In a world of tacit and distributed knowledge - that is, of differential capabilities - having the same blueprints [or software] as one's competitors is unlikely to translate into having the same costs of production. Generally, in such a world, firms will not confront the same production cost for the same type of productive activity. p. 18
Producers within the same Joint Operating Committee may be pursuing different strategies than their partners in that JOC. The Preliminary Specification enables a producer to pursue the most effective strategy for each property. A producer may have acquired the property while it was in production and therefore have a different cost structure. Or alternatively the producer may have an interest in the infrastructure used to deliver the gas to market whereas the other producers do not. The makeup, the strategies and the costs of each of the producers are unique and not necessarily leading them to make the same decisions based on the same criteria. However, financial gain still drives consensus.
As we noted, when the Joint Operating Committee conducts a field operation using the tools within the Knowledge & Learning module. Coordination of the capabilities is provided through the Military Command & Control Metaphor and the Job Order system. These capabilities are the knowledge, experience, skills and ideas of the people who are part of the producers in the Joint Operating Committee, and the service industry representatives hired to conduct the field operation. All of these capabilities are documented in the “Dynamic Capabilities Interface” and deployed through the “Planning & Deployment Interface."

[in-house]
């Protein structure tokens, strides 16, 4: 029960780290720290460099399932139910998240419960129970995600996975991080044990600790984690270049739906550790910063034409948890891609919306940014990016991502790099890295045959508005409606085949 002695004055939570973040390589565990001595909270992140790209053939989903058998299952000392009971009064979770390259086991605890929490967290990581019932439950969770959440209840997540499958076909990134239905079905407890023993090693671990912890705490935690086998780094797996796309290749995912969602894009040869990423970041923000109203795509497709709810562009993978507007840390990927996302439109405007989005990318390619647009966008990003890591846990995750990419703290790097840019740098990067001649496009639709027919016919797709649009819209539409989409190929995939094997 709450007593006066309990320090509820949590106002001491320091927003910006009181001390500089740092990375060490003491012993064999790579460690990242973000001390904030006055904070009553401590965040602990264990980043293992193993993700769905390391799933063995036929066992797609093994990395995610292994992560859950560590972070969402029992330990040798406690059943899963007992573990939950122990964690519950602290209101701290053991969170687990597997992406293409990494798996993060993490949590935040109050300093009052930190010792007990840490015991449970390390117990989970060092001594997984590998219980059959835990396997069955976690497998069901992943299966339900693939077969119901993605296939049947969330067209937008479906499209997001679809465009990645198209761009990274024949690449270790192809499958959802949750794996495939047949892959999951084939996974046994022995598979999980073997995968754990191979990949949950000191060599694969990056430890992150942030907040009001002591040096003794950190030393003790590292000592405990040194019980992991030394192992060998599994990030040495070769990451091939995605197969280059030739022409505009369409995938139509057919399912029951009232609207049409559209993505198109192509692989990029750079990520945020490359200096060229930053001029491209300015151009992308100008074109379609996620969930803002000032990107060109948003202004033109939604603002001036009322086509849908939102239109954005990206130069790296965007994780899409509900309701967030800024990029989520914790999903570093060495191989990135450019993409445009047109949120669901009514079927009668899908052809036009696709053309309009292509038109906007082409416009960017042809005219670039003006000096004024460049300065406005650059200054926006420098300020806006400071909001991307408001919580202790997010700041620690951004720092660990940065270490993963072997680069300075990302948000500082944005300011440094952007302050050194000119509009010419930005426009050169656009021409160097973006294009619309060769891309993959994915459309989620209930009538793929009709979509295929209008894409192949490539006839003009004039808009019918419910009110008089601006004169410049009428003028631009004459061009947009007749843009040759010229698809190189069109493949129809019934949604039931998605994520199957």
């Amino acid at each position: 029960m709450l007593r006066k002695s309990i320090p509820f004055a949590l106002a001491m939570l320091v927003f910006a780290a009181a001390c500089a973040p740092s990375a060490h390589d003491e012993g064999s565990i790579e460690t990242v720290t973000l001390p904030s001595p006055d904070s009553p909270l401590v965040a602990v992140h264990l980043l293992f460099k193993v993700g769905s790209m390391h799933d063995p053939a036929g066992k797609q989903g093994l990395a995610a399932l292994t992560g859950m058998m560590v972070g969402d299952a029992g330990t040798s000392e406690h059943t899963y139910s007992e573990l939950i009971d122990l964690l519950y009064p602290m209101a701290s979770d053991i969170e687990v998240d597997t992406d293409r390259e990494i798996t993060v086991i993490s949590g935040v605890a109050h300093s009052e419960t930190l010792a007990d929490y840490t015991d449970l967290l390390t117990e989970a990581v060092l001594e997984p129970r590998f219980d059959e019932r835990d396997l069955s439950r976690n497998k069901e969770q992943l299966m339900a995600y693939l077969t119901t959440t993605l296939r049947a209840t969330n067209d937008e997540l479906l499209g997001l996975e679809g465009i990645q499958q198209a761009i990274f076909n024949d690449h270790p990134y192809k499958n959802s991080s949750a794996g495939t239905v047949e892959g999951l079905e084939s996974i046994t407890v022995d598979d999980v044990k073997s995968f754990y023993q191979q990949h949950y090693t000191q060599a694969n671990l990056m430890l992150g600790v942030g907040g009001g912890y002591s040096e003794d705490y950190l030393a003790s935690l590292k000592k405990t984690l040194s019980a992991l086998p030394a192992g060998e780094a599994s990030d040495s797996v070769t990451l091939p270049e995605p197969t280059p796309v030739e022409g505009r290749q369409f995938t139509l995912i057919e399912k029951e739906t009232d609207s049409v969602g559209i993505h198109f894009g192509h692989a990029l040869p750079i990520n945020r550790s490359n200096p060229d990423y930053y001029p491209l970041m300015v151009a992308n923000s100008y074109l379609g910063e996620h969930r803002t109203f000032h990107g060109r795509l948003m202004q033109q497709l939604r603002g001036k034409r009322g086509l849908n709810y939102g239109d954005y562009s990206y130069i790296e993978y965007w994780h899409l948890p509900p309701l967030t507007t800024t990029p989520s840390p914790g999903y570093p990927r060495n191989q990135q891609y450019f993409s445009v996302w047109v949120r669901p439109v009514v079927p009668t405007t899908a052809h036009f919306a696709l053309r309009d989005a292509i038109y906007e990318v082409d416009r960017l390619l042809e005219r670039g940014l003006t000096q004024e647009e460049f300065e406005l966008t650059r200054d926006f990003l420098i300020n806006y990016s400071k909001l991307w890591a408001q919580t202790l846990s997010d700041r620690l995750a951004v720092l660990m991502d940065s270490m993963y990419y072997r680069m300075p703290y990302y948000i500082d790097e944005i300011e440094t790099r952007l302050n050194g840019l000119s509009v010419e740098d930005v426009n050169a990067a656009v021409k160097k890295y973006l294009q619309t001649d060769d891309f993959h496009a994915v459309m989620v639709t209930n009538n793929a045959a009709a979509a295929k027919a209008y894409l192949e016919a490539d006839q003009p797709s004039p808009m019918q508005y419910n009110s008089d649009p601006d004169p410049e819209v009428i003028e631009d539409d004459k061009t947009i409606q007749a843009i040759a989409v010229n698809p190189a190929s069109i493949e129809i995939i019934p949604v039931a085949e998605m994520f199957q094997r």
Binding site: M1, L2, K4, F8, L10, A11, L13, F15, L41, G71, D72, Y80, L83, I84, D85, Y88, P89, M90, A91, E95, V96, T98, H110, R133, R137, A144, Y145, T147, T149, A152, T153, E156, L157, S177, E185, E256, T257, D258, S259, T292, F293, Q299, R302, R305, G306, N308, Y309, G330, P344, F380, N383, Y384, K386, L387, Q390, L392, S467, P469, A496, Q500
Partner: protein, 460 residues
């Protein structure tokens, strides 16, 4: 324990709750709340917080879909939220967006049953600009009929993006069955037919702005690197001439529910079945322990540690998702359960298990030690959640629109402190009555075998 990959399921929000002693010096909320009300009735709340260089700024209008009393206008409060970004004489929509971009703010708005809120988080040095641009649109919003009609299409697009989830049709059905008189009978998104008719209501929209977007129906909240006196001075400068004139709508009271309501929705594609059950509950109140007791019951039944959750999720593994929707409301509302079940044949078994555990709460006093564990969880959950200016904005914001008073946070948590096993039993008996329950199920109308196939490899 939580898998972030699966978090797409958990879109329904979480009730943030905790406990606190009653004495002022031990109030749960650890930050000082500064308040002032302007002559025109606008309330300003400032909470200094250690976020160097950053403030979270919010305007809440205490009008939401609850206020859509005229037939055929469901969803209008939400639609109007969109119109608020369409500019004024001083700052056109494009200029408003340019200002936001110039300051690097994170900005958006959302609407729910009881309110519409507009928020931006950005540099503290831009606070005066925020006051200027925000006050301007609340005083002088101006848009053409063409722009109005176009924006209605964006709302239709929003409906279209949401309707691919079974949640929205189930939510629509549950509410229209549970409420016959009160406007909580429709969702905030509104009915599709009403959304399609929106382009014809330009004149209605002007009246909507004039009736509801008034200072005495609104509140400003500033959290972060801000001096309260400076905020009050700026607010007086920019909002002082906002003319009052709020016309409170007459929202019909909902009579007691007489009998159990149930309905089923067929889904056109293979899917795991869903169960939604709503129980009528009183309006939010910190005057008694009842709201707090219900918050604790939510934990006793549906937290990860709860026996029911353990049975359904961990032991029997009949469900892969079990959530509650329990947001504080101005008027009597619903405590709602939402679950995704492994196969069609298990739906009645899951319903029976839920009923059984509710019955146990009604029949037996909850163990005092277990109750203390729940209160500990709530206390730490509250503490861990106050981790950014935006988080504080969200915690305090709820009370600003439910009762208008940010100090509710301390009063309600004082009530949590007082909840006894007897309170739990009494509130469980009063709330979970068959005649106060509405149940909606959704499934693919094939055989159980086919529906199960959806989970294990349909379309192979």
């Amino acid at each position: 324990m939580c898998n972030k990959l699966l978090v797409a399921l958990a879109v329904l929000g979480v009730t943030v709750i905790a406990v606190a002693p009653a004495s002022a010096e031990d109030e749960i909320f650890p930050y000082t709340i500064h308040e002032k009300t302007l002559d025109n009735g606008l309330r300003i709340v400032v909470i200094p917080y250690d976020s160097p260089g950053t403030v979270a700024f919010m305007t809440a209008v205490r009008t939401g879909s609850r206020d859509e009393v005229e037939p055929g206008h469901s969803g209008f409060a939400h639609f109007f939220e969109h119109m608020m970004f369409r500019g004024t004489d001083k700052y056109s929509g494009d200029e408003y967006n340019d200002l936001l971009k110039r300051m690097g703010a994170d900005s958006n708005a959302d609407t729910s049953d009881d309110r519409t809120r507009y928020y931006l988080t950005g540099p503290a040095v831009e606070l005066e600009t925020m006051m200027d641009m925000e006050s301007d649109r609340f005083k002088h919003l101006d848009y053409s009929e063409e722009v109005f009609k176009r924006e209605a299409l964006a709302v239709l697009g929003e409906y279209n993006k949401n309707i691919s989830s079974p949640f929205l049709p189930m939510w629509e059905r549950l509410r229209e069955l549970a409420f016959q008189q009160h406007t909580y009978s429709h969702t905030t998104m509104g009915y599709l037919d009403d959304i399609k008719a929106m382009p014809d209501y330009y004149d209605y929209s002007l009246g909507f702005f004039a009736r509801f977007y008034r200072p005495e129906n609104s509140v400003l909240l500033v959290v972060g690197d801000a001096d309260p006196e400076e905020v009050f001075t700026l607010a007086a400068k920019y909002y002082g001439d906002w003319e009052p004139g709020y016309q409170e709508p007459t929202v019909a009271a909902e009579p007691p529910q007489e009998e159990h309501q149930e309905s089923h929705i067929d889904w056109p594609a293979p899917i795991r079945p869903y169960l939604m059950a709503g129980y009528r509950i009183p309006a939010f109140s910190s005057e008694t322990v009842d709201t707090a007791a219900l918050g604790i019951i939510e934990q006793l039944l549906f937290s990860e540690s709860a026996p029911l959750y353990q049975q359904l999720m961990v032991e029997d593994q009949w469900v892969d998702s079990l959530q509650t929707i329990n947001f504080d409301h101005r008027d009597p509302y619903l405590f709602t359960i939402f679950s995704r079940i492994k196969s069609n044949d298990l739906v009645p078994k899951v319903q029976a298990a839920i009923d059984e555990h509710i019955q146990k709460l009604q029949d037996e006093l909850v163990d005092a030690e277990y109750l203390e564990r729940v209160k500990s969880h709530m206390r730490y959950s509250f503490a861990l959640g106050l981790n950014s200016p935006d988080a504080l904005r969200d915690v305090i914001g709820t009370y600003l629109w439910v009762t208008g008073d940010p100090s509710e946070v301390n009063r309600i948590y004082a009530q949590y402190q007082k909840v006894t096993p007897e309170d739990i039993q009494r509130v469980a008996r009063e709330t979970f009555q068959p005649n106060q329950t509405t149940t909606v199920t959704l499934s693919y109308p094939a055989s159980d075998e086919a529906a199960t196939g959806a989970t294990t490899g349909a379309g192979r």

This in turn, implies that the capabilities may be interpreted as a distinct theory of economic organization. p. 18
Execution is the focus of the operation and the key competitive differentiation of the parties involved. Within the capabilities that have been decided to be implemented by the Joint Operating Committee there may be new and innovative tools and procedures to be implemented. The oil and gas business is based on the science of geology and geophysics and the applied science of engineering. Operational control at this level is a necessity and a competitive advantage. From Professor Langlois’ paper “Modularity in Technology, Organization and Society."
Industrial economists tend to think of competition as occurring between atomic units called "firms." Theorists of organization tend to think about the choice among various kinds of organizational structures - what Langlois and Robertson (1995) call "business institutions.” But few have thought about the choice of business institution as a competitive weapon. p. 1
If one considers how the Knowledge & Learning module enables the producer to implement their capabilities. Calling them a competitive weapon isn’t far from the truth.
The Preliminary Specification provides the oil and gas producer with the most profitable means of oil and gas operations. People, Ideas & Objects Revenue Model specifies the means in which investors can participate in these user defined software developments. Users are welcome to join me here. Together we can begin to meet the future demands for energy.